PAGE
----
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air travel with strobes (air pressure effects)


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#1 bremner

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Posted 05 February 2018 - 07:15 PM

I'm soon to set off on my first plan trip with underwater gear. I plan to carry on a smallish rig with a housed EM5-II and a Sea&Sea YS01 strobe. I've heard people talk about taking the o-rings out of housings so that they don't vacuum seal because of lower pressure in airplane cabins. Is that a worry for strobes as well? I guess the air cavity in the YS-01 is much smaller. Any words of wisdom?



#2 echo2600

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Posted 05 February 2018 - 07:32 PM

My YS-01s have been on many flights, as both carry-on and checked baggage, with the battery compartments closed (o-rings in place) without issue. Unless someone has had considerably different experiences, I wouldn't fret it much. Of course, ymmv..

 

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#3 okuma

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Posted 05 February 2018 - 08:09 PM

Underwater equipment is designed with O rings/seals for a higher ambient(outside) pressure than internal. 

Air travel, even in pressurized planes results in a lower  than ground level pressure.

Consequently, you should always remove user accessed O rings.

Worst case condition you could pop a non accessable ring out of it's seat.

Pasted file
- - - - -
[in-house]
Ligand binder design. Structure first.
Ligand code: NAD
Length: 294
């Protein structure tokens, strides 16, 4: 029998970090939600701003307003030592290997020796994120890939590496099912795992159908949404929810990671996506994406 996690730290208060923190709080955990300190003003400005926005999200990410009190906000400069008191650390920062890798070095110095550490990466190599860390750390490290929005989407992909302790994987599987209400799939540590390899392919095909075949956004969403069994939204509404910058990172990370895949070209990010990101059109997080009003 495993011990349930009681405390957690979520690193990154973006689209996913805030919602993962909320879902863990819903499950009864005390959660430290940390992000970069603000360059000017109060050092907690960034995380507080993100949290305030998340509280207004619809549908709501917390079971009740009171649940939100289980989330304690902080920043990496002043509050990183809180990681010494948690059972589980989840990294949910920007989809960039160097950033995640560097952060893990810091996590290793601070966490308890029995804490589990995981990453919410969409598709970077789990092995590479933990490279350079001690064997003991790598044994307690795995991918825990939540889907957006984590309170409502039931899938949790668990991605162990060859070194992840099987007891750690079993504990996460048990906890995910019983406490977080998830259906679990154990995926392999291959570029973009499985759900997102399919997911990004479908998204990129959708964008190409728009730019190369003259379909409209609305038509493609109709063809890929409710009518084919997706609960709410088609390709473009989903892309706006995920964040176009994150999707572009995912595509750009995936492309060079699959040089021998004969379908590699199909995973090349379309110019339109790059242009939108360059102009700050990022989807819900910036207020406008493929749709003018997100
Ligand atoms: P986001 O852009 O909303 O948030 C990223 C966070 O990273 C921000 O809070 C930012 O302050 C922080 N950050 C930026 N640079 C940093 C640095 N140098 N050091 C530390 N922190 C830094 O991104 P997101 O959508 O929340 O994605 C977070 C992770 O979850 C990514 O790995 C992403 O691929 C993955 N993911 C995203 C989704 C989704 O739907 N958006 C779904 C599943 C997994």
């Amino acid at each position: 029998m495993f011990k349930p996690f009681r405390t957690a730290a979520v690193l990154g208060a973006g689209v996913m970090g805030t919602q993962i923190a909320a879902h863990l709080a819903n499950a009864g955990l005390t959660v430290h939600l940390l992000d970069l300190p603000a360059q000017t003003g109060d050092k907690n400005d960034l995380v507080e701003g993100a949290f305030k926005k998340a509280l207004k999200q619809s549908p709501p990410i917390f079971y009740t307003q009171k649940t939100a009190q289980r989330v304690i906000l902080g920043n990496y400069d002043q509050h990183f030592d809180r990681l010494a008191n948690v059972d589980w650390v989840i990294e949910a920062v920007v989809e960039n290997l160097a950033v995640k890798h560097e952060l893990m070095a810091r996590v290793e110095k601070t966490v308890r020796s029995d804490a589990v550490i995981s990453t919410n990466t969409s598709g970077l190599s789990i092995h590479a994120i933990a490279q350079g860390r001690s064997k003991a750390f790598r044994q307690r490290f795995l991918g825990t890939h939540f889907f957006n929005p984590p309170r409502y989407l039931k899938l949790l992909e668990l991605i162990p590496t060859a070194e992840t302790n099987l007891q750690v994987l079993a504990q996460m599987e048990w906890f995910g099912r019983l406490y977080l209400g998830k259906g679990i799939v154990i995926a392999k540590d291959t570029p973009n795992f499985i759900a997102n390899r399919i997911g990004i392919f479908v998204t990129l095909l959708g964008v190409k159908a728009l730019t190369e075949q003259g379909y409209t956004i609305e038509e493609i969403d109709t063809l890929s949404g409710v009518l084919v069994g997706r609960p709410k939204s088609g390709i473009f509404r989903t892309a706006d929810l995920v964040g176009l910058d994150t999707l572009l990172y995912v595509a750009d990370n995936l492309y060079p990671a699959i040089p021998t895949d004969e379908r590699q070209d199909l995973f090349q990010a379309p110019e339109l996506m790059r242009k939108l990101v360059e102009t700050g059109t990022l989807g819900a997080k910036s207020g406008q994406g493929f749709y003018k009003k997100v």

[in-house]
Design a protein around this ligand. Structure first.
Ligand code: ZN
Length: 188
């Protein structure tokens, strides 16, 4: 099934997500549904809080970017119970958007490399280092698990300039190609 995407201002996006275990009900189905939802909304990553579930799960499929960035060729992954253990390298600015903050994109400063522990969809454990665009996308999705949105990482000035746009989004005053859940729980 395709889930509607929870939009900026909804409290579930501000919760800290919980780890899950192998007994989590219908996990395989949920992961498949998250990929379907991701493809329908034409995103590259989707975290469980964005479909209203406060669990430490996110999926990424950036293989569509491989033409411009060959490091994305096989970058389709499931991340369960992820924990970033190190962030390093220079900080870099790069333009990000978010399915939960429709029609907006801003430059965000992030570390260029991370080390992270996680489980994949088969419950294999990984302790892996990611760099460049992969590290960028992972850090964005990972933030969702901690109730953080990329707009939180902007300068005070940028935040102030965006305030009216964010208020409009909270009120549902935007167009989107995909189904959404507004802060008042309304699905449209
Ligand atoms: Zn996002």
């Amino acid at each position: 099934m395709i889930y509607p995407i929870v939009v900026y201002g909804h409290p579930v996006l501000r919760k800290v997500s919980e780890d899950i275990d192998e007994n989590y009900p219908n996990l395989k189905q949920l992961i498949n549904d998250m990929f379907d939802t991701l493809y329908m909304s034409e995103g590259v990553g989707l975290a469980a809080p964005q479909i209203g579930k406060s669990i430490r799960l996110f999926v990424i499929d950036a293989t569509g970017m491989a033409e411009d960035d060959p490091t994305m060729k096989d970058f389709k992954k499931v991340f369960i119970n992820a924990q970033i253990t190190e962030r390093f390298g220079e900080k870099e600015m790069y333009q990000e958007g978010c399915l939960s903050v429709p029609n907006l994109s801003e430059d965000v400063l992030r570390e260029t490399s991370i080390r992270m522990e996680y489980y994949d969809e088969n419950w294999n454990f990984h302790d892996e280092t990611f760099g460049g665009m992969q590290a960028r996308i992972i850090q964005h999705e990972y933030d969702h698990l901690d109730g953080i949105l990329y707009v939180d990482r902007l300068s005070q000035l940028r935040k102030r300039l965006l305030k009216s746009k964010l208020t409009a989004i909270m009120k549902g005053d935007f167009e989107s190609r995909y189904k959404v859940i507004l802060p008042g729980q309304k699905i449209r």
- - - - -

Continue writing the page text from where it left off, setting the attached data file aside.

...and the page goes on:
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#4 echo2600

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Posted 05 February 2018 - 09:52 PM

That begs the question... if the battery compartment is isolated from the electronics, which most are these days, what good does removing battery cap o-rings do for safeguarding the rest of the electronics? If the seal between the battery and the electronics compartment is going to be truly effective it has to be as robust as the rest of the seals in the strobe. Meaning even with the battery o-rings removed all of the rest of the seals are likely just as vulnerable... Just my opinion

The vacuum argument holds water a bit better in that some battery compartments do have pressure relief mechanisms (Inon Z240s come to mind)... though Id be surprised if the 0.15-0.20 bar pressure differential in an aircraft cabin would be enough to activate them. That is just my speculation, so if anyone has data to show otherwise, Id gladly be proven wrong.

#5 TimG

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Posted 05 February 2018 - 10:50 PM

Interesting!

It’s not scientific, but I’ve travelled with strobes dozens of times by air and have never thought to remove battery cover o-rings. Never had the slightest problem.

I definitely remove the housing o-ring though. If a port is also fitted with its o-ring, removing the port or housing back if the housing o-ring is fitted can be a nightmare after flying.

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#6 divengolf

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Posted 06 February 2018 - 06:41 PM

Agree with TimG. I also travel with strobes checked and as carry on. Always have batteries installed with the switches jammed with a shim so they will not accidently turn on. So there's not much of an air space to be concerned about. Even without the batteries, I'd not be concerned.

 

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#7 echo2600

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Posted 06 February 2018 - 07:09 PM